When I am not writing about personal finance and consumer debt, I knit. Something about the gentle rhythm of yarn and needle calms my spirit and unwinds my brain.
Because all knitters make mistakes, tinking is a required skill for those who take the craft seriously. It doesn’t take too many oversized sweaters or undersized hats to figure out that the smallest error at the beginning of a project can produce disastrous results if not found and promptly corrected.
Money is a lot like knitting. By some miracle all knitting consists of just two stitches: knit and purl. Likewise, with money you have two options: spend or save. And who among us can say they have never made a financial error?
We all make mistakes but the secret to staying out of the red is correcting the little mistakes before they lead to disastrous results. In both money management and in knitting, the more you practice the fewer mistakes you’ll make. And, the more success you’ll enjoy.
If you’ve ever found yourself in the red—overdrawn, in debt, spending what you haven’t earned yet—it is likely that you didn’t land in that position overnight. Rather, it was a series of small uncorrected mistakes that over time escalated to the crimson condition.
As a college freshman, I made the mistake of thinking I could get away with spending money before I actually had it. The first time I dared to write a check for more money than I had in my account, I was nervous. But I figured with any luck my next paycheck would get to the bank before the one I was about to write—a chance I was willing to take.
Actually, my little plan worked perfectly. My paycheck did get there first and no one was the wiser. So, I pulled that stunt again and again. I got caught from time to time, but cleverly concluded I wasn’t really overdrawn—I was just under-deposited.
In time, I moved my antics from my checking account to a bevy of credit cards. I allowed myself to believe that as long as I could get away with it, it was okay to spend now. And pay and pay later.
Here’s my point: I didn’t start out in the red. But that one small mistake repeated over and again led to debilitating debt that changed my life. Had I corrected my thinking early on I could have saved myself from the disastrous results that were to follow.
Many people, in fact the majority, aren’t in particularly serious financial trouble. They flirt with the red zone from time to time, teetering between red and black and spending all that they make. For them being in the red is more of a mindset that keeps them from making financial progress.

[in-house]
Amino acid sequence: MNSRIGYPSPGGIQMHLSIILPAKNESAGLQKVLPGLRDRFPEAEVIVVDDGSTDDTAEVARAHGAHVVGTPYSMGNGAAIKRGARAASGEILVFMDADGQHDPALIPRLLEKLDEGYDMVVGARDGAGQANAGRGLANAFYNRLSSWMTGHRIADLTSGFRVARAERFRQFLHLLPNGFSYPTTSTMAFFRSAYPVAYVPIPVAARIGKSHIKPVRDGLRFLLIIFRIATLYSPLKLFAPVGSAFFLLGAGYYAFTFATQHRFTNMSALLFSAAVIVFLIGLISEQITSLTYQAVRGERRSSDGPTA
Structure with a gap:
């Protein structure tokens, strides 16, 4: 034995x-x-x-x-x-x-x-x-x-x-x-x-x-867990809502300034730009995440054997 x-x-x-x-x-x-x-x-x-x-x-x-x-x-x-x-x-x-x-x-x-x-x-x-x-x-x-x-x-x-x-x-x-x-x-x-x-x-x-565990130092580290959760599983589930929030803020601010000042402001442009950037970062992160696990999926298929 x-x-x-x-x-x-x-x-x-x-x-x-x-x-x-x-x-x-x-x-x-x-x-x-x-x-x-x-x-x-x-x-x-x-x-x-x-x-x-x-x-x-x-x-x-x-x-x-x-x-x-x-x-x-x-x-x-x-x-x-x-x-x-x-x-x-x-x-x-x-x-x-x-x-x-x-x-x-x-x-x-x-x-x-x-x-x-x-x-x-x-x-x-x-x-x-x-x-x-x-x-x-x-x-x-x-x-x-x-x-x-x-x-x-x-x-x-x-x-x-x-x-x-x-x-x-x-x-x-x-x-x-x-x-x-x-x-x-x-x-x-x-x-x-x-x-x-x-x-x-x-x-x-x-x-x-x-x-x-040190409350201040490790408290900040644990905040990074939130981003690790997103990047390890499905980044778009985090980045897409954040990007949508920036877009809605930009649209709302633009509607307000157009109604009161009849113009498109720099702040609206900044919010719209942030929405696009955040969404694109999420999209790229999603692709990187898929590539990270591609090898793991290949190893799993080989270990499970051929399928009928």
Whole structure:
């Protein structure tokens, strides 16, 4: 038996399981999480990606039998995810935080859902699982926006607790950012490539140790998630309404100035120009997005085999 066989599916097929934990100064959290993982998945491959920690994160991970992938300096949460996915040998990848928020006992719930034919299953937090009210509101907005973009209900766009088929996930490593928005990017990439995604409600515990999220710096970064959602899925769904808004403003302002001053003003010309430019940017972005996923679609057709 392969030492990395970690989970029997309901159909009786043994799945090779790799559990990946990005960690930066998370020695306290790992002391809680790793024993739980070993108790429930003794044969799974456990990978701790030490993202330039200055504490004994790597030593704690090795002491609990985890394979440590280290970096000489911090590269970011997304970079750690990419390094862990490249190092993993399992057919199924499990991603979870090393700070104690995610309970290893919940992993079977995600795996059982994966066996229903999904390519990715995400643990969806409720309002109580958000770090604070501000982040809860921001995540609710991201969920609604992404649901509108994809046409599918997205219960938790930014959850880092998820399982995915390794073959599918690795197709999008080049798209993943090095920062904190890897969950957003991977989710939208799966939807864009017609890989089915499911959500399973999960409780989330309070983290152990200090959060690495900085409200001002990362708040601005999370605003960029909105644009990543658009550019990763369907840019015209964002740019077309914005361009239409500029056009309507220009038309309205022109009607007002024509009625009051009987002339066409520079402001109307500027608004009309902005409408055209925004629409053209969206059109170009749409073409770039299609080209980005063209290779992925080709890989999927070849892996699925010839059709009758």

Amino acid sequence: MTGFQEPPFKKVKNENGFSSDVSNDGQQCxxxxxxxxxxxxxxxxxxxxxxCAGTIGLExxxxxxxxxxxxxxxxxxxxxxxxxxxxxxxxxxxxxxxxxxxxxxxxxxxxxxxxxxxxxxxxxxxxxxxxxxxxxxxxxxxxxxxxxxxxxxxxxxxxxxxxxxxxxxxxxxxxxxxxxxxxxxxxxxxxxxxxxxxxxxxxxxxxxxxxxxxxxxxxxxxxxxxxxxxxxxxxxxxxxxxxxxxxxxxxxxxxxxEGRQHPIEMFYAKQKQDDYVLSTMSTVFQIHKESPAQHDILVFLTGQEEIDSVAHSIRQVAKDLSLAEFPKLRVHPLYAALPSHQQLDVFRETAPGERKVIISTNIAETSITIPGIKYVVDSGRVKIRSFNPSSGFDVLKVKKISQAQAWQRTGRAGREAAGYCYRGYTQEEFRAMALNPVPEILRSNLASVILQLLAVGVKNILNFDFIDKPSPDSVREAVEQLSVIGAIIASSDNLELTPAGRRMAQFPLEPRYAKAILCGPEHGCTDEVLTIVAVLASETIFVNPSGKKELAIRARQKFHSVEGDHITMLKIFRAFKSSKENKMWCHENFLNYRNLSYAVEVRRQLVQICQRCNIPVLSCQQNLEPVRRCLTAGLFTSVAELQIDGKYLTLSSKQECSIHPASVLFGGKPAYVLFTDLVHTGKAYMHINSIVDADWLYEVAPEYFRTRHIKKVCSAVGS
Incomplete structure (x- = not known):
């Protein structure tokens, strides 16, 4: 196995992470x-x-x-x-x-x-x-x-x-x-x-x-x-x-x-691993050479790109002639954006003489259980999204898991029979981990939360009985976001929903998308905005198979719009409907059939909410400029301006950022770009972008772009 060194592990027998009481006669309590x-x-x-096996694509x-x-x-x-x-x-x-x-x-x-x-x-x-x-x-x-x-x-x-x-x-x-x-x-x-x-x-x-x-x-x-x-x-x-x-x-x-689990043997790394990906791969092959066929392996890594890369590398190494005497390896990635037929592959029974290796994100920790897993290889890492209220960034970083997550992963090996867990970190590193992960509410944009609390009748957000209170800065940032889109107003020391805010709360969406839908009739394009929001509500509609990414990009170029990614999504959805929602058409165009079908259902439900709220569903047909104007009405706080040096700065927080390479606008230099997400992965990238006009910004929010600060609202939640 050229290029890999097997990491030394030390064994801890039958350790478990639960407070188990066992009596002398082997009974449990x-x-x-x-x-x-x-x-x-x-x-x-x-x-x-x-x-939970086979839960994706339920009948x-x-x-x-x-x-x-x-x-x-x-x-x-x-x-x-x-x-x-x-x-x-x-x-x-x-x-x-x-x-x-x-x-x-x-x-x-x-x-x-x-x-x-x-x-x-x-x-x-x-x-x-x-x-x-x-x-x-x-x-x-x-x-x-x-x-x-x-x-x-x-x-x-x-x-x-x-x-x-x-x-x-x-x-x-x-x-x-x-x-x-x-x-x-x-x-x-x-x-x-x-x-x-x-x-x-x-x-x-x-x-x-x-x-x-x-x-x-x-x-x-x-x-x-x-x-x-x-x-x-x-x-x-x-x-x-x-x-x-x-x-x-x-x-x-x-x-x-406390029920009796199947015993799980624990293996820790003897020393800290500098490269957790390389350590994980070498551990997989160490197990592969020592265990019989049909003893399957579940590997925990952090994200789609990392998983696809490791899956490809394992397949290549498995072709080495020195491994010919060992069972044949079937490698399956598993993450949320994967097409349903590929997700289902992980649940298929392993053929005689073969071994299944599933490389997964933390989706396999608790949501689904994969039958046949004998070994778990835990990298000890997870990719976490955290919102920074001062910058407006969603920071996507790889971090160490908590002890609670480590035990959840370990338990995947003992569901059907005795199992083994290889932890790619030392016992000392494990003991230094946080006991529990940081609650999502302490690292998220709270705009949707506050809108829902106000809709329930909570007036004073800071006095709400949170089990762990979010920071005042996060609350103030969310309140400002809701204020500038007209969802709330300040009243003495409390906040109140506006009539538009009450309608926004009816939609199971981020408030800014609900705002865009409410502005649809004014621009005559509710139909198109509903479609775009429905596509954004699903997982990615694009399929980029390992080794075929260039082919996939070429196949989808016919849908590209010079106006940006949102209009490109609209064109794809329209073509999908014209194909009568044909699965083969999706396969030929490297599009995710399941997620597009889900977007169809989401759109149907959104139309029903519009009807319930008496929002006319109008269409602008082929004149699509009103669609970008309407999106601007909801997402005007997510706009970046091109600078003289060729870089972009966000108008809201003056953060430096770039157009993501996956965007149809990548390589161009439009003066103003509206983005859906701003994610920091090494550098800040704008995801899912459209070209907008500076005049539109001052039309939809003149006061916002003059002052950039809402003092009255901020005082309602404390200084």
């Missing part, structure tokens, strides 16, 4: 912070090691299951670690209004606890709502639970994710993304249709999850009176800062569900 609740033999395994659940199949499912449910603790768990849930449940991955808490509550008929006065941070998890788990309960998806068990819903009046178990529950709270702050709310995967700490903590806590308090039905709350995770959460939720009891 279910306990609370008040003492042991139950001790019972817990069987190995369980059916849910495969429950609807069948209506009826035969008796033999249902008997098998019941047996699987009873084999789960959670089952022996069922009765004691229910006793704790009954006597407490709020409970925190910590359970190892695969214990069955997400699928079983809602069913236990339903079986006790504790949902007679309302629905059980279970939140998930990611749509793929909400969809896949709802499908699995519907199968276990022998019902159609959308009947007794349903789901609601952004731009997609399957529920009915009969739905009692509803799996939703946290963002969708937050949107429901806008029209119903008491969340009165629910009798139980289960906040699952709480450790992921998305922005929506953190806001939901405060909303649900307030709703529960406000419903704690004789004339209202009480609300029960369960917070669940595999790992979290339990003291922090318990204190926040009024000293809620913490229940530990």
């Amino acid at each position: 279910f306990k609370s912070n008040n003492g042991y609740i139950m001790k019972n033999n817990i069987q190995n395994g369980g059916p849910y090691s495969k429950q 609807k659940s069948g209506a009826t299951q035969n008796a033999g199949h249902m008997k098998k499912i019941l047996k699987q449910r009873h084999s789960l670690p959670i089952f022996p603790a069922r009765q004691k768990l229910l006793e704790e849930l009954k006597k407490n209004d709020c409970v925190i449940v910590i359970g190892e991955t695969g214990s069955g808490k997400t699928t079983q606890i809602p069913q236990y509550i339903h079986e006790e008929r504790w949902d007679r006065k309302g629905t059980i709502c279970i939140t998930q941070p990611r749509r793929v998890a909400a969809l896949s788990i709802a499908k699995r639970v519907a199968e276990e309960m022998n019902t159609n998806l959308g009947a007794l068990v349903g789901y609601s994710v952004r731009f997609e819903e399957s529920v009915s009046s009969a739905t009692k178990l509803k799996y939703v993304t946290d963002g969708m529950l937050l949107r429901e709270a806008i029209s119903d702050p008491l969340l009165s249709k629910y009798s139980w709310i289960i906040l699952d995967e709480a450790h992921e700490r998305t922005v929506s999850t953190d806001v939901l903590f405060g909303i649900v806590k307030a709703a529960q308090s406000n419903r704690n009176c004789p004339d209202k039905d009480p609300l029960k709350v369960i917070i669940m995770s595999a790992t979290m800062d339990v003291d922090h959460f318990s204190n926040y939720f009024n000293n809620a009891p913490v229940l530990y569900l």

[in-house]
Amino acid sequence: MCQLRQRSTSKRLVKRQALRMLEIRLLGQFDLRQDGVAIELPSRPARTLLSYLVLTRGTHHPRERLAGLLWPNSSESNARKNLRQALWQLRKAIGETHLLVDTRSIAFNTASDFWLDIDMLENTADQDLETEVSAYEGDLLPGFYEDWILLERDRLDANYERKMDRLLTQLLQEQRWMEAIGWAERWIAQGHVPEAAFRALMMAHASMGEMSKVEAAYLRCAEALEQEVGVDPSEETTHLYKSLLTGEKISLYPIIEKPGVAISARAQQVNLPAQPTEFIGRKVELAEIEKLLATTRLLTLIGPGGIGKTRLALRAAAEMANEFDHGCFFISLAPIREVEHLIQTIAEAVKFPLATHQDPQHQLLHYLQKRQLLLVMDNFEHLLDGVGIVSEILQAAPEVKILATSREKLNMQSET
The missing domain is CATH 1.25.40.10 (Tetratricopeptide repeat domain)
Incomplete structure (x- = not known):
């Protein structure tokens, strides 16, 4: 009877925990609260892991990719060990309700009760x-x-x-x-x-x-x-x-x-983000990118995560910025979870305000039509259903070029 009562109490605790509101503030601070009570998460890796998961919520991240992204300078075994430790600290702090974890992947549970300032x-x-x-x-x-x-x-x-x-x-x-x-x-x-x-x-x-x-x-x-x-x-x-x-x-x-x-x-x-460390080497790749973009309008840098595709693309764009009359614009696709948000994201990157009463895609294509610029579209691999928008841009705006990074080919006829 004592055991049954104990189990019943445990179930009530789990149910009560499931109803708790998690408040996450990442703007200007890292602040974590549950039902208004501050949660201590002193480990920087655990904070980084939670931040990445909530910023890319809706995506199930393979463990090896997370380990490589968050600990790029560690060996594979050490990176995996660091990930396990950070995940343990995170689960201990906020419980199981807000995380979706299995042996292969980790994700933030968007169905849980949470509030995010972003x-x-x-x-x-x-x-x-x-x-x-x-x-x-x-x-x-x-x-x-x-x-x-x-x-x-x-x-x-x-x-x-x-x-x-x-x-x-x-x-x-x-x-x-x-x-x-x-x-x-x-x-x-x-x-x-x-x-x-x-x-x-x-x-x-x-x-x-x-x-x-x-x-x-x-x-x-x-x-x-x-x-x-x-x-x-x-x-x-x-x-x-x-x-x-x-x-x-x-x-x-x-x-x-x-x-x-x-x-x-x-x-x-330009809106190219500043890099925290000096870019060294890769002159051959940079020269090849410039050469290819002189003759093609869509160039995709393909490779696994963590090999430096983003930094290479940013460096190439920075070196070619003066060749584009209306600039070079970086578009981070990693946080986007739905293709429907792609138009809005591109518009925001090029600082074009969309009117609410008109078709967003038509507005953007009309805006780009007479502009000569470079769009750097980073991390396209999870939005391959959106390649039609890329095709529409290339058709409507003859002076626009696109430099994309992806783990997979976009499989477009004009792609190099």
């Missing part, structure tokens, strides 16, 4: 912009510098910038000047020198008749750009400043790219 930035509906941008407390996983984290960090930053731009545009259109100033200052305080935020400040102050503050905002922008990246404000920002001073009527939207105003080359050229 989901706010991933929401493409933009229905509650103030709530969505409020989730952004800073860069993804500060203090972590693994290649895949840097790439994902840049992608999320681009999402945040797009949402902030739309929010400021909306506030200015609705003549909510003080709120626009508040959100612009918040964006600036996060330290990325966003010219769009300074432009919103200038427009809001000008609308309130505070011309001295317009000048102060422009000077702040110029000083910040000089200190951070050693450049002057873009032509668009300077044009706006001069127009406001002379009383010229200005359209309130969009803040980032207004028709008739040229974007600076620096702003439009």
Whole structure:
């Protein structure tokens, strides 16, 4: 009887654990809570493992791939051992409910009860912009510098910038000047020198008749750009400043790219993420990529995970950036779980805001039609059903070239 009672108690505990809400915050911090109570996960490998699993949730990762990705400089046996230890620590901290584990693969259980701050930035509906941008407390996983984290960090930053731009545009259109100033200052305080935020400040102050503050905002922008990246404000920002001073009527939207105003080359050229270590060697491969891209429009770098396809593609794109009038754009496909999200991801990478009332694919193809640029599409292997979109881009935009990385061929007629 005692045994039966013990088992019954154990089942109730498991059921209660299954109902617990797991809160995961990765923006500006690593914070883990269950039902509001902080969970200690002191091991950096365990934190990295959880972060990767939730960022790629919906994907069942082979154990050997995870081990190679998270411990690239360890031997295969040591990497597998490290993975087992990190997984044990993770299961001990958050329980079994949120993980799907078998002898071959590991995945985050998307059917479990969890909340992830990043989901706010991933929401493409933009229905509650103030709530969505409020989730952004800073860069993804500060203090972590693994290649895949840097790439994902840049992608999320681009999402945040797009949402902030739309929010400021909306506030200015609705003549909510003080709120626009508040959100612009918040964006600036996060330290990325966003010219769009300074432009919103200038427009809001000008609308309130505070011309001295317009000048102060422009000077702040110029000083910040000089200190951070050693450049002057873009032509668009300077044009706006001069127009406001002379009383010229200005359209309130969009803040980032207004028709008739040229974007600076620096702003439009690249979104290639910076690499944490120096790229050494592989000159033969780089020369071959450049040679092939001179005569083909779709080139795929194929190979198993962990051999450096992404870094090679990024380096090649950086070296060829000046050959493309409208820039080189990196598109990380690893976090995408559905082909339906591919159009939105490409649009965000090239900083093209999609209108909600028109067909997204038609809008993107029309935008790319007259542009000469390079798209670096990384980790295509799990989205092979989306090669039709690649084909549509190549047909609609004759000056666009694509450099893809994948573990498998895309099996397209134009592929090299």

Take buying a house, for example. Pushing to get the biggest house for which you can qualify, rather than a home you can comfortably afford is to have a kind of “in the red” mindset. Buying a brand new car with six years of payments would be more of a red way of thinking, rather than opting for a late model used car with 36 more comfortable payments. Feeling entitled to the biggest and the best without regard for the financial toll that decision will make is to think in the red.
Here are some practical ways to change your attitude from red to black.
Instead of accepting every credit card offer that washes up in your mailbox, shred them. Don’t look at available credit as additional income. If you carry a revolving balance on a credit card, picture it in red until it reaches $0 and turns black.
These days with so many ads and creative financing options it’s easy to think of your home’s equity as an ATM machine from which you can pull cash. That is definitely red thinking. The goal of homeownership is to amass 100% equity so you own your home free and clear. Home ownership: black. Mortgage: red, no matter the amount or the interest rate.
Waiting is a concept we are careful to teach our children. Too bad so few of us practice what we teach. Simply doing nothing—waiting—is likely the most efficient way to change your mind from red to black.
Wait to spend your tax refund until you actually have it in hand. Ditto for the next commission check or bonus. Let it sit in the bank for a while. Savor the feeling of being in the black.
Thanks to the consumer credit industry, waiting to buy until you can pay in full has become socially archaic. But so what? Patience is a virtue. Waiting builds character.
It’s good for the soul.